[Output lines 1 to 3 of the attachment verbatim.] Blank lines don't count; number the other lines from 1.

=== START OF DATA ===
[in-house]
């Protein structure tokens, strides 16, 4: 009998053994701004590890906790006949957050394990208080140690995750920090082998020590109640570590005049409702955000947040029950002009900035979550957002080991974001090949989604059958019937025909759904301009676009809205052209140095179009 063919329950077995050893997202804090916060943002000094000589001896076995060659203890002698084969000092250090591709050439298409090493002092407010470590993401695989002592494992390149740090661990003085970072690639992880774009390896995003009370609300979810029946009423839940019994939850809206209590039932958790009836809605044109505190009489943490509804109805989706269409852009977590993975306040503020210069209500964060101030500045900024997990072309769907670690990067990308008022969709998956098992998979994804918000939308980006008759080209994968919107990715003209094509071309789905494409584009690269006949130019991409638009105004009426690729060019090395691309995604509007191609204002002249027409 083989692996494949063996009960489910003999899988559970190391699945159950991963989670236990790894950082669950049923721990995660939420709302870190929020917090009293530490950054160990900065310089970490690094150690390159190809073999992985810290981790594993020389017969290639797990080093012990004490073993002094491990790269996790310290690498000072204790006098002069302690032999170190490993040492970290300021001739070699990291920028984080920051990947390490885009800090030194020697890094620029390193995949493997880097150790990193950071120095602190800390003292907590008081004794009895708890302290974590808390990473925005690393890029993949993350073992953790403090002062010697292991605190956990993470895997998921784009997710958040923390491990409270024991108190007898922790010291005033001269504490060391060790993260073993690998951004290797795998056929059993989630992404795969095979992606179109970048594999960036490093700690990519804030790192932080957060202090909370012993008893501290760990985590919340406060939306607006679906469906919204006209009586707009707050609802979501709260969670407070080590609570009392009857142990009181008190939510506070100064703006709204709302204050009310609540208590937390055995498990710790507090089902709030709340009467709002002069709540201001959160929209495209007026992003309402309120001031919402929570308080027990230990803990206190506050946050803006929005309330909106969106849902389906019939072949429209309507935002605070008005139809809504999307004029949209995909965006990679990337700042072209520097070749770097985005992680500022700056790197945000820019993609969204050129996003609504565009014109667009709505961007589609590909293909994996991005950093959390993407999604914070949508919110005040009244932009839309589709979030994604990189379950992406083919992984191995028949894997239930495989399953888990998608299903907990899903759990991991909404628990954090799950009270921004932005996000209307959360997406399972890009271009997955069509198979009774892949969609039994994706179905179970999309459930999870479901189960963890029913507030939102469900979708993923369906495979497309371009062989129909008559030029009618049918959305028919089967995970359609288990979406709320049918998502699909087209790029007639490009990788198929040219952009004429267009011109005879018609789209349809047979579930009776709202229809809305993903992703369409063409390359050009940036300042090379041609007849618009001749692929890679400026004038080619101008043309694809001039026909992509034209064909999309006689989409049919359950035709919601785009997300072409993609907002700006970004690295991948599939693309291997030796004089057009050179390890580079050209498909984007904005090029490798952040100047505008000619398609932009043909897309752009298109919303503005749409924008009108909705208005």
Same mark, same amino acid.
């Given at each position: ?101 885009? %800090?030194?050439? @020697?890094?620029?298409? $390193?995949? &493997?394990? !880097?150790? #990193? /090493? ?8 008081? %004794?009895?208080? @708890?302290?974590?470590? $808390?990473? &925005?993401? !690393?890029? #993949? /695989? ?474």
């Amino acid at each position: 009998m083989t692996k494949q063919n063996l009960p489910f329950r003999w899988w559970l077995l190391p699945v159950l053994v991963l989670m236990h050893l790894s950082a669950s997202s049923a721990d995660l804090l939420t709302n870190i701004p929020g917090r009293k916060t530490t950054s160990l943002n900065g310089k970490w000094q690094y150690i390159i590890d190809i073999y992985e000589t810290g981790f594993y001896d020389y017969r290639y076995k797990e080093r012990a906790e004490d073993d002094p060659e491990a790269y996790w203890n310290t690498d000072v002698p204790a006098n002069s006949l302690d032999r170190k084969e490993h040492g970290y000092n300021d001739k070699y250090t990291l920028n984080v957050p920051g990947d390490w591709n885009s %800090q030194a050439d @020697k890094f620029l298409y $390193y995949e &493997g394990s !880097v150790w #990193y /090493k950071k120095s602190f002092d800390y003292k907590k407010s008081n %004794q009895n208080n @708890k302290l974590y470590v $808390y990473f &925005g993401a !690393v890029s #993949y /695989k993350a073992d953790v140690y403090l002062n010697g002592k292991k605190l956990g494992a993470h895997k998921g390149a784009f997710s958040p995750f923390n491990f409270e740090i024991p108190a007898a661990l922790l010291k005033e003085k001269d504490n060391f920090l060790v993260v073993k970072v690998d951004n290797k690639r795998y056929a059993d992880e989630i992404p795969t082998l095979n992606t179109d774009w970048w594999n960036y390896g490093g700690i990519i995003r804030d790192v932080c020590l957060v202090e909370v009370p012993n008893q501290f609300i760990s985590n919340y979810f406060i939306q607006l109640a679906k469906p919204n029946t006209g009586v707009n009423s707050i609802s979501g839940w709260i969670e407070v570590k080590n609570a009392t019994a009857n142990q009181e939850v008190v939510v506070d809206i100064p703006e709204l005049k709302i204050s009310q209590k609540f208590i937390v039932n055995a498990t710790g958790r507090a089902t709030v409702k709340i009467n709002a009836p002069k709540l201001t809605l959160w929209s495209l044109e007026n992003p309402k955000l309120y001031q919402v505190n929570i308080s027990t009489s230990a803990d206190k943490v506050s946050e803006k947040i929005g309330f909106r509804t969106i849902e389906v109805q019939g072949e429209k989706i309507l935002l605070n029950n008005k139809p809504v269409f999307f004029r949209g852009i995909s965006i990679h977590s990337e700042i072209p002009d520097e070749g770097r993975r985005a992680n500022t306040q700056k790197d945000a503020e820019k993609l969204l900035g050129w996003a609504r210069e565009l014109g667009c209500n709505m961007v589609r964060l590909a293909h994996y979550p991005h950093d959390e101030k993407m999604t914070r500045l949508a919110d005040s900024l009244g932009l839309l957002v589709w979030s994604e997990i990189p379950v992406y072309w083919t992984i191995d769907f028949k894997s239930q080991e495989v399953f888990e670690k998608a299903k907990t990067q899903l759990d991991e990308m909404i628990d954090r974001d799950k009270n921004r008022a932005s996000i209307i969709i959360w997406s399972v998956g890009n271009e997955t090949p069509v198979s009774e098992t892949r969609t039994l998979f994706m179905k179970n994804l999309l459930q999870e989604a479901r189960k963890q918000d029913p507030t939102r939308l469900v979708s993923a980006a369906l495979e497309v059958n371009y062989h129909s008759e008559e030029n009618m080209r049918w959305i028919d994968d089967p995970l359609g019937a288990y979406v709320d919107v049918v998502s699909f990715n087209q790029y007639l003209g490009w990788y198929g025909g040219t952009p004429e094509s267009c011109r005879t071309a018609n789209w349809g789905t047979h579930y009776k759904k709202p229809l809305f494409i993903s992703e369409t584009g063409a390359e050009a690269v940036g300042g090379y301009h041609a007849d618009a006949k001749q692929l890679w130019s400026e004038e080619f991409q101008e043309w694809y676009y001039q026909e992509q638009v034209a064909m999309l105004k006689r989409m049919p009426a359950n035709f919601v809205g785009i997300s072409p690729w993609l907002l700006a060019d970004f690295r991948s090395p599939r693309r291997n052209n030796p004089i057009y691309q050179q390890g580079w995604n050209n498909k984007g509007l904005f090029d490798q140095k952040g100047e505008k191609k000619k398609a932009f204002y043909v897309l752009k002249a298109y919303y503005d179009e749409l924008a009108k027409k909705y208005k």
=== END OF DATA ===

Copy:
[in-house]
């Protein structure tokens, strides 16, 4: 009998053994701004590890906790006949957050394990208080140690995750920090082998020590109640570590005049409702955000947040029950002009900035979550957002080991974001090949989604059958019937025909759904301009676009809205052209140095179009 063919329950077995050893997202804090916060943002000094000589001896076995060659203890002698084969000092250090591709050439298409090493002092407010470590993401695989002592494992390149740090661990003085970072690639992880774009390896995003009370609300979810029946009423839940019994939850809206209590039932958790009836809605044109505190009489943490509804109805989706269409852009977590993975306040503020210069209500964060101030500045900024997990072309769907670690990067990308008022969709998956098992998979994804918000939308980006008759080209994968919107990715003209094509071309789905494409584009690269006949130019991409638009105004009426690729060019090395691309995604509007191609204002002249027409 083989692996494949063996009960489910003999899988559970190391699945159950991963989670236990790894950082669950049923721990995660939420709302870190929020917090009293530490950054160990900065310089970490690094150690390159190809073999992985810290981790594993020389017969290639797990080093012990004490073993002094491990790269996790310290690498000072204790006098002069302690032999170190490993040492970290300021001739070699990291920028984080920051990947390490885009800090030194020697890094620029390193995949493997880097150790990193950071120095602190800390003292907590008081004794009895708890302290974590808390990473925005690393890029993949993350073992953790403090002062010697292991605190956990993470895997998921784009997710958040923390491990409270024991108190007898922790010291005033001269504490060391060790993260073993690998951004290797795998056929059993989630992404795969095979992606179109970048594999960036490093700690990519804030790192932080957060202090909370012993008893501290760990985590919340406060939306607006679906469906919204006209009586707009707050609802979501709260969670407070080590609570009392009857142990009181008190939510506070100064703006709204709302204050009310609540208590937390055995498990710790507090089902709030709340009467709002002069709540201001959160929209495209007026992003309402309120001031919402929570308080027990230990803990206190506050946050803006929005309330909106969106849902389906019939072949429209309507935002605070008005139809809504999307004029949209995909965006990679990337700042072209520097070749770097985005992680500022700056790197945000820019993609969204050129996003609504565009014109667009709505961007589609590909293909994996991005950093959390993407999604914070949508919110005040009244932009839309589709979030994604990189379950992406083919992984191995028949894997239930495989399953888990998608299903907990899903759990991991909404628990954090799950009270921004932005996000209307959360997406399972890009271009997955069509198979009774892949969609039994994706179905179970999309459930999870479901189960963890029913507030939102469900979708993923369906495979497309371009062989129909008559030029009618049918959305028919089967995970359609288990979406709320049918998502699909087209790029007639490009990788198929040219952009004429267009011109005879018609789209349809047979579930009776709202229809809305993903992703369409063409390359050009940036300042090379041609007849618009001749692929890679400026004038080619101008043309694809001039026909992509034209064909999309006689989409049919359950035709919601785009997300072409993609907002700006970004690295991948599939693309291997030796004089057009050179390890580079050209498909984007904005090029490798952040100047505008000619398609932009043909897309752009298109919303503005749409924008009108909705208005």
Same mark, same amino acid.